There's such an atmosphere of trust, the bond between us all grows daily and we start swimming more as a group. It helps that Hendy lets the slower swimmers lead some days, to set a relaxed pace. Sometimes we all regroup mid-swim, treading water while looking up at the mountains, which seem to shadow us all week.
Then there's Hendy's day-three swim tip: how to slipstream. The trick, he says, is to follow your fellow swimmer so closely you can almost touch their toes. A couple of us sneakily take turns trying to ride Hendy's slipstream – and soon give up. Though he usually cruises at the back of the pack – occasionally freediving deep to peer under ledges or using a waterproof camera to take underwater selfies with unsuspecting crayfish – when he does take off, he is a human missile, "effortless effort" in motion.
Our last swim is at Ned's Beach. We swim out past the giant silver drummer and trevally most island visitors come here to hand-feed, and into dark blue ocean swells, taking a break at a small rocky beach flanked by sea cliffs before returning to Ned's. There we linger at the water's edge, goggles in hand again, trying to stop the week from ending. Suddenly Hendy initiates a spontaneous, celebratory hug-fest and before we know it even the blokey lifeguards among us are embracing each other.
"For me personally, when I go for a swim, I feel like I can let go," Hendy had said during the week. "I go in the water and it wraps around me and it allows me to let go of something. It's a spiritual bath. It completely changes everything. I walk in one way, and I walk out another way." That's Ocean Swim Week, and Lord Howe Island. It wraps around you, recalibrates you and sends you back out into the world calmer, more connected and happier, body and soul. Mission accomplished.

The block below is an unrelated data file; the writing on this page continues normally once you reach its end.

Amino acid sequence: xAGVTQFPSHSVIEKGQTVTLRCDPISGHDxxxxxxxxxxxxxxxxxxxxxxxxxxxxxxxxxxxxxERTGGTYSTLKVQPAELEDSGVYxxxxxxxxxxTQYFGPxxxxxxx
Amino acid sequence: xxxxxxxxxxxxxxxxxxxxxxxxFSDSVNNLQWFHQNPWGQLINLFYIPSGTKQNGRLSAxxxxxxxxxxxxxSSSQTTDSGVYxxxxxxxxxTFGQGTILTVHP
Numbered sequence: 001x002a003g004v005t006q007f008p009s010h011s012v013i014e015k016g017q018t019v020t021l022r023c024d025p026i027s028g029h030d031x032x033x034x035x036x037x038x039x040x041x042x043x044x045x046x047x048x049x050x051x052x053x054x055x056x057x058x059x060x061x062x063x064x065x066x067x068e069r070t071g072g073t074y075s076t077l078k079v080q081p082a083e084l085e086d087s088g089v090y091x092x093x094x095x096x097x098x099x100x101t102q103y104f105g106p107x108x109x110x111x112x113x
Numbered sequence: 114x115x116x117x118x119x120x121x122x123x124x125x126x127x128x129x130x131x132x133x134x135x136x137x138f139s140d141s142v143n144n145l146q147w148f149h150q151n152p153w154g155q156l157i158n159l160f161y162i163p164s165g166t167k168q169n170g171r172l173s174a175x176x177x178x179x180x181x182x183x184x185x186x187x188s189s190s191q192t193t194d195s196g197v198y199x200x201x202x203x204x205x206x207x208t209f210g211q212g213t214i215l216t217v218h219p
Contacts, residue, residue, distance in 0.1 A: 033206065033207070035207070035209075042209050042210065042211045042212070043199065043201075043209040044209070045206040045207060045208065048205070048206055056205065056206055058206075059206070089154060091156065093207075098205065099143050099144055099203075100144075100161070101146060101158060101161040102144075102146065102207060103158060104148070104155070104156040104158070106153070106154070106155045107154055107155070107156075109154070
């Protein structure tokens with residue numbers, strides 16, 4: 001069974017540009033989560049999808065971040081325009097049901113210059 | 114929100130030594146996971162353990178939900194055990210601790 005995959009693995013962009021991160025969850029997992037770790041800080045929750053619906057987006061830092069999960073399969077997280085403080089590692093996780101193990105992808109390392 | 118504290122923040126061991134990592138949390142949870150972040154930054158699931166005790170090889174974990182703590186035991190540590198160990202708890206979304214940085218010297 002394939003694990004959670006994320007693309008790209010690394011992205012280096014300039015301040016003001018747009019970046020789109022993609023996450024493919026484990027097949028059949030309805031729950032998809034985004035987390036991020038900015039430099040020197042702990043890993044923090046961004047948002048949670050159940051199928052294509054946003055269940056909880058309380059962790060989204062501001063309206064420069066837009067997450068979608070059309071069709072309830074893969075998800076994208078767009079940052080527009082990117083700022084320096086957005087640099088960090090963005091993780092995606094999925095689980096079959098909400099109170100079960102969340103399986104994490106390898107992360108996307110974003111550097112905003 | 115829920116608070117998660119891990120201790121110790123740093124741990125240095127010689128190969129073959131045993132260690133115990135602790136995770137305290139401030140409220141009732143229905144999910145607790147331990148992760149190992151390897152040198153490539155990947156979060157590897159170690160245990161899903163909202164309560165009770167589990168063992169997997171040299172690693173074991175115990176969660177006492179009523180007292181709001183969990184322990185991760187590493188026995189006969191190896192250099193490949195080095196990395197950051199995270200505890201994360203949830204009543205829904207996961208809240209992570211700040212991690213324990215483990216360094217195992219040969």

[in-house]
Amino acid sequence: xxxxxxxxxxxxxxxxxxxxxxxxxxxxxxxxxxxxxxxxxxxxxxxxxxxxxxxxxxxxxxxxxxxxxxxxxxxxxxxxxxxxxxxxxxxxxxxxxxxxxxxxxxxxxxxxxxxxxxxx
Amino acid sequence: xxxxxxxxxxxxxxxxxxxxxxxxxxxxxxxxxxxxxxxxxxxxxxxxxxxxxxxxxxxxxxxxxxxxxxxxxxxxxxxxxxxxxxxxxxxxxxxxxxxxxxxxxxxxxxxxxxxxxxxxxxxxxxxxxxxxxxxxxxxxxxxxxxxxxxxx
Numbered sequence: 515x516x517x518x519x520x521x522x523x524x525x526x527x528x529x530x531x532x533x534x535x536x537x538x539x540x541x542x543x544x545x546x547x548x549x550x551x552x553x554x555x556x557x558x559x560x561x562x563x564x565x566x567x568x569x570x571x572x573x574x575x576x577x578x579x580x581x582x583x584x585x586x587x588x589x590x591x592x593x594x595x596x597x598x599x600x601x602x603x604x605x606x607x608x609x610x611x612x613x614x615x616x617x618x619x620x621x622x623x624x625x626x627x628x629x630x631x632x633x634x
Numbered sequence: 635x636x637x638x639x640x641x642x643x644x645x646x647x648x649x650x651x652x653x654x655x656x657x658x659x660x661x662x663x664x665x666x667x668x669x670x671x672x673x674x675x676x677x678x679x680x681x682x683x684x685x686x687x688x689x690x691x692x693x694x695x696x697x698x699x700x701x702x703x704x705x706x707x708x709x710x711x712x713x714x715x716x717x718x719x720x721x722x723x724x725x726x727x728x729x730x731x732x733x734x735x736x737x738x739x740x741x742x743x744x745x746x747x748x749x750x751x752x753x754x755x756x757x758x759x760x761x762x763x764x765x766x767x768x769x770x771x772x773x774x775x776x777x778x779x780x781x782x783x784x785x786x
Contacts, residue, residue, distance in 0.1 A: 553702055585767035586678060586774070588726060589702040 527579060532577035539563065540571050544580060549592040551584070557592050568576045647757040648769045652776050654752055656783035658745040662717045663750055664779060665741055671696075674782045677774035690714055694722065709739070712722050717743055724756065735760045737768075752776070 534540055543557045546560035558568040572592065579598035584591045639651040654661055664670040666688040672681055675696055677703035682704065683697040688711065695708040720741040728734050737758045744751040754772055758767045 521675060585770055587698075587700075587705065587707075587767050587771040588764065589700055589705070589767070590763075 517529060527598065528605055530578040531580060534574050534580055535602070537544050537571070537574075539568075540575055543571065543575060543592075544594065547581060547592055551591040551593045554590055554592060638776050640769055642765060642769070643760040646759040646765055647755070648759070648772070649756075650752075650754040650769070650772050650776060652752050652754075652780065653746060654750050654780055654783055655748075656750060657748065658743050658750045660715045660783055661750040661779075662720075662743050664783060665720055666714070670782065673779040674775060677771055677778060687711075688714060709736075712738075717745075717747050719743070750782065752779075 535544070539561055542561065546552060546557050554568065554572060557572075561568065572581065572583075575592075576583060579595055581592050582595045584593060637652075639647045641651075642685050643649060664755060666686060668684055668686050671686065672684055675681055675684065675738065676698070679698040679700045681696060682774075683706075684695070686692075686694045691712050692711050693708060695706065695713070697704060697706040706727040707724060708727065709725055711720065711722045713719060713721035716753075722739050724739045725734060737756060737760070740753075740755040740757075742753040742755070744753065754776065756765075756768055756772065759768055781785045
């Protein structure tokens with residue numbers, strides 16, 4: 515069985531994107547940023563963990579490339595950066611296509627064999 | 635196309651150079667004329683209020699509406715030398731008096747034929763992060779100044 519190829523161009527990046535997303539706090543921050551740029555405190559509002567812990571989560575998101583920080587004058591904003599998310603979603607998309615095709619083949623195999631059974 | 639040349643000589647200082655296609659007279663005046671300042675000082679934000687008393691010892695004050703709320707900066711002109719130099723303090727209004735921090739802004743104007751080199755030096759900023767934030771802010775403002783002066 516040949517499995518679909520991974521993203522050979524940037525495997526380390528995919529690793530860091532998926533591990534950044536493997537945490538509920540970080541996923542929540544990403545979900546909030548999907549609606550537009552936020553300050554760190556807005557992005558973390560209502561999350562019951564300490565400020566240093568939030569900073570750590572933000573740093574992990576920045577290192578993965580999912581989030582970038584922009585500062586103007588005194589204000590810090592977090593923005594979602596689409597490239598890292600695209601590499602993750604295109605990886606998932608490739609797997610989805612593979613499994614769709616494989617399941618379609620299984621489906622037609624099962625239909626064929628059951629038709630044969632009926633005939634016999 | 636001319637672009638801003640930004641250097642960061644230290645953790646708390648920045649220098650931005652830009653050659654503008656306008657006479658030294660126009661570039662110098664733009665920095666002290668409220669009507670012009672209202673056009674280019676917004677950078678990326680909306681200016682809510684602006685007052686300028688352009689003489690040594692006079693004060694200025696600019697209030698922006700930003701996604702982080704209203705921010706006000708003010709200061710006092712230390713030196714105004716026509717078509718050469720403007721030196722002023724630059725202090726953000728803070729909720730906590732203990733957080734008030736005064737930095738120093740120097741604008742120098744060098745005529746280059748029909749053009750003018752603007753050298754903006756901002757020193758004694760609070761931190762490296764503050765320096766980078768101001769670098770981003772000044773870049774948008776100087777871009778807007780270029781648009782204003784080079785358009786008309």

FIVE MORE AQUATIC ADVENTURES
1. Kayak to the Admiralty Islands, off Ned's Beach; kayak tours include snorkelling and a guided walk to see nesting seabirds. See lordhoweislandtours.com
2. Dive Ball's Pyramid: The deep waters around this 520-metre tower of rock 23 kilometres offshore teem with marine life, including whale sharks. See prodivelordhoweisland.com.au
3. SUP the lagoon. Rent a stand-up paddleboard and cruise the clear waters of Lord Howe's six-kilometre-long lagoon. See howeadivers.com
4. Explore the Herring Pools. Swim or just peer into these perfectly formed rock pools at Old Gulch at the northern end of the island.
5. Go night snorkelling. See fluorescent coral and marine life that only comes out after dark in the lagoon; tours run in summer only, torches provided. See lordhoweislandtours.com
Qantaslink, the only airline that flies to Lord Howe Island, has daily flights from Sydney, weekend flights from Brisbane, and seasonal weekly flights from Port Macquarie (February-June and September-December). See qantas.com.au
Pinetrees Lodge's next Ocean Swim Weeks led by Trevor Hendy are March 9-13 and November 23-27 , and cost from $1780 per person, including twin-share accommodation and all meals and water safety backup from lifeguards and a support boat. You don't need to be an experienced ocean swimmer, but you should be able to swim a kilometre in less than 25 minutes. See pinetrees.com.au
The writer was a guest of Pinetrees Lodge.